At any given time, we have around 170,000 inmates in the California prisons. There are another 110,000 persons on active parole out on the streets and another 20,000 parolees at large, etc. That’s 300,000 people at some stage of supervision (or lack of it) by California Department of Corrections and Rehabilitation. That’s the size of our total churn. Oh, once in a while, a few new ones come in and a few old ones don’t come back, but our core group is pretty stable – “doing life on the installment plan” as most inmates describe it. When you look at it that way the real question begins to emerge – how do we reduce not the number of people sleeping in prison beds on any given night but the total number of people being supervised/managed/watched?

From a churn standpoint, we must either produce more butter – meaning more people get “rehabilitated” and don’t come back, or else we reduce the amount of milk in the churn. Staring this real question straight in the eyes, you come to understand we don’t know how to do either of those things that would reduce the churn. Socially and sociologically speaking we’re Neanderthals. In 1800, we were churning butter by hand in wooden buckets. Being the dawn of the industrial revolution we believed there could be faster and better ways to do this. Today, using technologies we’ve developed over those 200 years, we have machinery that quickly and consistently produces all the good butter any of us could ever want – and it seems almost effortless. We now can go to any supermarket in this country, get the highest quality butter humanity has ever known, take it home and use it in cooking, baking, whatever. Why has the “science” of corrections, penology if you like, fallen so far behind?

Today's butter churn.

This is the modern version of a butter churn.

There’s an old saying about weather – everybody talks about it, but no one does anything about it. Corrections is sort of like that. Ask any person you meet, they’ll instantly offer an opinion about what’s wrong with the prison system and what it will take to make it work. These range from the basest know-nothings who say lock them all up and throw away the key to knowledgeable, experienced folks who have contributed to reports of the Little Hoover Commissions, Dr. Joan Petersilia who has offered so much good direction the last few years, and other credible observers. Yet we never seem to get past that old wooden bucket and the never-ending churn. Why is this? Here are my favorite probabilities:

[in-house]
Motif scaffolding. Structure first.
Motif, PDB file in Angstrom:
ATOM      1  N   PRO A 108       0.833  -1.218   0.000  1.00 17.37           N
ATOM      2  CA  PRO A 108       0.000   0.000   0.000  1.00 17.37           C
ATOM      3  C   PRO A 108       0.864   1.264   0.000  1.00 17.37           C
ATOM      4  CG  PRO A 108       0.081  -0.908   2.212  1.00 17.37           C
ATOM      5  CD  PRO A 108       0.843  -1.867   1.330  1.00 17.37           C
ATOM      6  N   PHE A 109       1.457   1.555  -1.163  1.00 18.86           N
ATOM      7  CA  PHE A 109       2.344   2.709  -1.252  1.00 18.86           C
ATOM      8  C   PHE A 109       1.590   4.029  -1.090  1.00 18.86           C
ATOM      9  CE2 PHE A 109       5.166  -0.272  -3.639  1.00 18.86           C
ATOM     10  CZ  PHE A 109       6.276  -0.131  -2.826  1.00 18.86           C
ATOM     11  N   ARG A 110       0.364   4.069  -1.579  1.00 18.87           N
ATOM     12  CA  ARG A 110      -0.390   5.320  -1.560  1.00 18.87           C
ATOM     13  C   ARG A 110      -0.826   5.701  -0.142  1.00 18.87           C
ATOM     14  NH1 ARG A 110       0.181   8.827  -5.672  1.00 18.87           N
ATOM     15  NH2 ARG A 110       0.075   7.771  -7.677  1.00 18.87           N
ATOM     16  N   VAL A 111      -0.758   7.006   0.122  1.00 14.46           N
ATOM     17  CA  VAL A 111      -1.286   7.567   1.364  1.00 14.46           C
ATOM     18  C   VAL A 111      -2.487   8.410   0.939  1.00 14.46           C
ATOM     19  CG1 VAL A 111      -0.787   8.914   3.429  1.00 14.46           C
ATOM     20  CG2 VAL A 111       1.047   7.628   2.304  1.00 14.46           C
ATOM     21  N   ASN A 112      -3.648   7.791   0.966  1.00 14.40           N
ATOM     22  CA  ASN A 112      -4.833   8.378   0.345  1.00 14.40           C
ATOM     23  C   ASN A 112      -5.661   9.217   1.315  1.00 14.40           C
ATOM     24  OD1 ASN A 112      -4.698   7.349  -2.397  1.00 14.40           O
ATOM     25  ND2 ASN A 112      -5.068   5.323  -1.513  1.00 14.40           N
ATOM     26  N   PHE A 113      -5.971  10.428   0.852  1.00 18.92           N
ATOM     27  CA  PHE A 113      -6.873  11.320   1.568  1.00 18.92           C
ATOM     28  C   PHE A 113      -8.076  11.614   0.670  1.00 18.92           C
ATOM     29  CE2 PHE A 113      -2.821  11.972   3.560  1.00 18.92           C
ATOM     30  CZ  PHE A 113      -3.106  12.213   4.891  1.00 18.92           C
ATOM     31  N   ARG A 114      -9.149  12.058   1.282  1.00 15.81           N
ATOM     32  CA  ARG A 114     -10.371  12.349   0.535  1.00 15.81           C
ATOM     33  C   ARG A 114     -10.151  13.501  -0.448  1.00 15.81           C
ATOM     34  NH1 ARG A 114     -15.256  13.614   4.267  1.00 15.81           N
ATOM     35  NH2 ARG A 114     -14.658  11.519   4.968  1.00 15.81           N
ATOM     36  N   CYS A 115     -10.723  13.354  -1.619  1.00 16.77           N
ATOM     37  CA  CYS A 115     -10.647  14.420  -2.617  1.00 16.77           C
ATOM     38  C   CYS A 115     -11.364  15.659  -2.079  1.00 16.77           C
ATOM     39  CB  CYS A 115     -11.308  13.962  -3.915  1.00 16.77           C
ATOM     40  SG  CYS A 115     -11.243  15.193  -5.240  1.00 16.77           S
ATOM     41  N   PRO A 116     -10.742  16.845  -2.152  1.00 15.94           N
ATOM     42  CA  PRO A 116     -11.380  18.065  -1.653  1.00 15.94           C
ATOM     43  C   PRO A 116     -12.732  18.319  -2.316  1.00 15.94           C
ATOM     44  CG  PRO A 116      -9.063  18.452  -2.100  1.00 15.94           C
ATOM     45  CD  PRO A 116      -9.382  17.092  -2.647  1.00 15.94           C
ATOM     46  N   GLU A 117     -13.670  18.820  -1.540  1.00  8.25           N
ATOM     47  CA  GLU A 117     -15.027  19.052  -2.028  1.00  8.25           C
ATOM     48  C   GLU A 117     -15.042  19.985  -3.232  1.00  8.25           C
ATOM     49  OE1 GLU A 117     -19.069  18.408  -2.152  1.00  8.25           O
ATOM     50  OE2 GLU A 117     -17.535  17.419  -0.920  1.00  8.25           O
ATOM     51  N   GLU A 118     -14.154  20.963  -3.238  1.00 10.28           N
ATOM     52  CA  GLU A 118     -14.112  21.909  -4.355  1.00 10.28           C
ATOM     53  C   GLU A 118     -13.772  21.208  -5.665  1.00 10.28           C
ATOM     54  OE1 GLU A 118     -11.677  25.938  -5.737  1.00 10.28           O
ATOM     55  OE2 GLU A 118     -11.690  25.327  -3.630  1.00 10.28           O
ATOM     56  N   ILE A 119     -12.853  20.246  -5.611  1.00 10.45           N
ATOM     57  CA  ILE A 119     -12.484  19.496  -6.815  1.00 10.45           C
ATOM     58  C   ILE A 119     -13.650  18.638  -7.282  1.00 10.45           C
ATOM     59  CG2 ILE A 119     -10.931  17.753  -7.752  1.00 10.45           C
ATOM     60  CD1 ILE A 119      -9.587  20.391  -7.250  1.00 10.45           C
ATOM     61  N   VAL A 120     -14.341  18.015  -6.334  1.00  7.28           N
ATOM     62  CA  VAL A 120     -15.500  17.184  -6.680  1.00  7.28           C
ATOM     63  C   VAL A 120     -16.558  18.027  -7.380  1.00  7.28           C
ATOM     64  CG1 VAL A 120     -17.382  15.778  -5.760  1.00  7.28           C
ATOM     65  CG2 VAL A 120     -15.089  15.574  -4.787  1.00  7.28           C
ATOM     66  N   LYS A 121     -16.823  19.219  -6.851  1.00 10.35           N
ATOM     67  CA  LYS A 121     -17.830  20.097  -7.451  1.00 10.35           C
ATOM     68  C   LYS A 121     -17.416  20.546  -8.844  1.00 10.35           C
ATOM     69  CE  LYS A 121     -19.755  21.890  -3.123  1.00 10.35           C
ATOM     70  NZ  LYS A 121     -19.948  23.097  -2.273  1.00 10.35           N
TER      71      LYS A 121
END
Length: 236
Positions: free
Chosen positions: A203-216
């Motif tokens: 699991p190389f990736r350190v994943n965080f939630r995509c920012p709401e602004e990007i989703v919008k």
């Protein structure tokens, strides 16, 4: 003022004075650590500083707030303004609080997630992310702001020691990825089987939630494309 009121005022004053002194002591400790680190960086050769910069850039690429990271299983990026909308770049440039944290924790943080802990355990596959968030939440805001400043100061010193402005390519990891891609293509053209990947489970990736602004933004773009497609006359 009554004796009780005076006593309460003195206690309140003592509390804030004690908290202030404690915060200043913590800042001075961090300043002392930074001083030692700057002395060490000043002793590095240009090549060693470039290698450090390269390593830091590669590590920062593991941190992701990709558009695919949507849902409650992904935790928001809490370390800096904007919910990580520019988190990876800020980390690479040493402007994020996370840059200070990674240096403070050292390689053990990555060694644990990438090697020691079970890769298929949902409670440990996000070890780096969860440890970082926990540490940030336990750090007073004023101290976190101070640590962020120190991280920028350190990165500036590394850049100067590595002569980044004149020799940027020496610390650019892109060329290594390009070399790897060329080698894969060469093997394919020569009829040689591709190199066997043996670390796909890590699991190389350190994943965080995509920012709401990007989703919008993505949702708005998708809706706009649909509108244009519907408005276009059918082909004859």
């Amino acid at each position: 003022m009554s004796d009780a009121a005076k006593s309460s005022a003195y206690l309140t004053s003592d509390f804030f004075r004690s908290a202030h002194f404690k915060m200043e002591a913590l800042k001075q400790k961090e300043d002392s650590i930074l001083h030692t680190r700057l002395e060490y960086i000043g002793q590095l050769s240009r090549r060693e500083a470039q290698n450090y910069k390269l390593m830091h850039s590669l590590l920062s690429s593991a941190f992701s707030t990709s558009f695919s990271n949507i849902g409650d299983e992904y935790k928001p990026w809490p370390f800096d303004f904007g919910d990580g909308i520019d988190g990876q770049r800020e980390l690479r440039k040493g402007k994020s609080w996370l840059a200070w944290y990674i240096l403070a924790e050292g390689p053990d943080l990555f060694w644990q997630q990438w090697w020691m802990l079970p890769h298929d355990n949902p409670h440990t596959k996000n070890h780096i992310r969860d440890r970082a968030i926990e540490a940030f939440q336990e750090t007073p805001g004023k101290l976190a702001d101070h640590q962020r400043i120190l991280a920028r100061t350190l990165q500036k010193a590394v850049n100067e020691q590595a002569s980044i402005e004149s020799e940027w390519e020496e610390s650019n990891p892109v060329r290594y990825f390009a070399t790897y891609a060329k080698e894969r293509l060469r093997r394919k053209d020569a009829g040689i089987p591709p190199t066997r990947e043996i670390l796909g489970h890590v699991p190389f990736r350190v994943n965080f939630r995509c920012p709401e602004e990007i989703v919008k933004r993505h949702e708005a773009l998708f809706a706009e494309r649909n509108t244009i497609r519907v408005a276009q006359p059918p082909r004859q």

1. We’re too ignorant to figure out how to be better at butter. When it comes to human behavior – what makes some people do hurtful things versus doing helpful things, we are dumb as dirt clods. Look at the Diagnostic & Statistical Manual of Mental Disorders (DSM IV) of the American Psychiatric Association, and you would think we knew something about human behavior. But obviously we have at least 300,000 people in California we don’t know how to “fix.” For the most part, we throw up our hands at their behavior and just give up. We do know enough about chemistry to keep a lot of them semi-permanently sedated, but that doesn’t make any butter for us. We made some advances in the nineteenth century, (Osborne, Brockway, MacCormack, et.al.) but in many ways we seem worse now than 100 years ago. I was in San Francisco a couple of years ago and the social workers were in town having their annual conventions – literally tens of thousands of social workers. I talked to one as we looked over a menu posted outside a prospective restaurant, and I asked him, “If we have so many social workers, why do we still have so many social problems?” He sneered at me, said “That’s a ridiculous question,” and walked off. I do have a lot of questions. The answers don’t seem to be that great.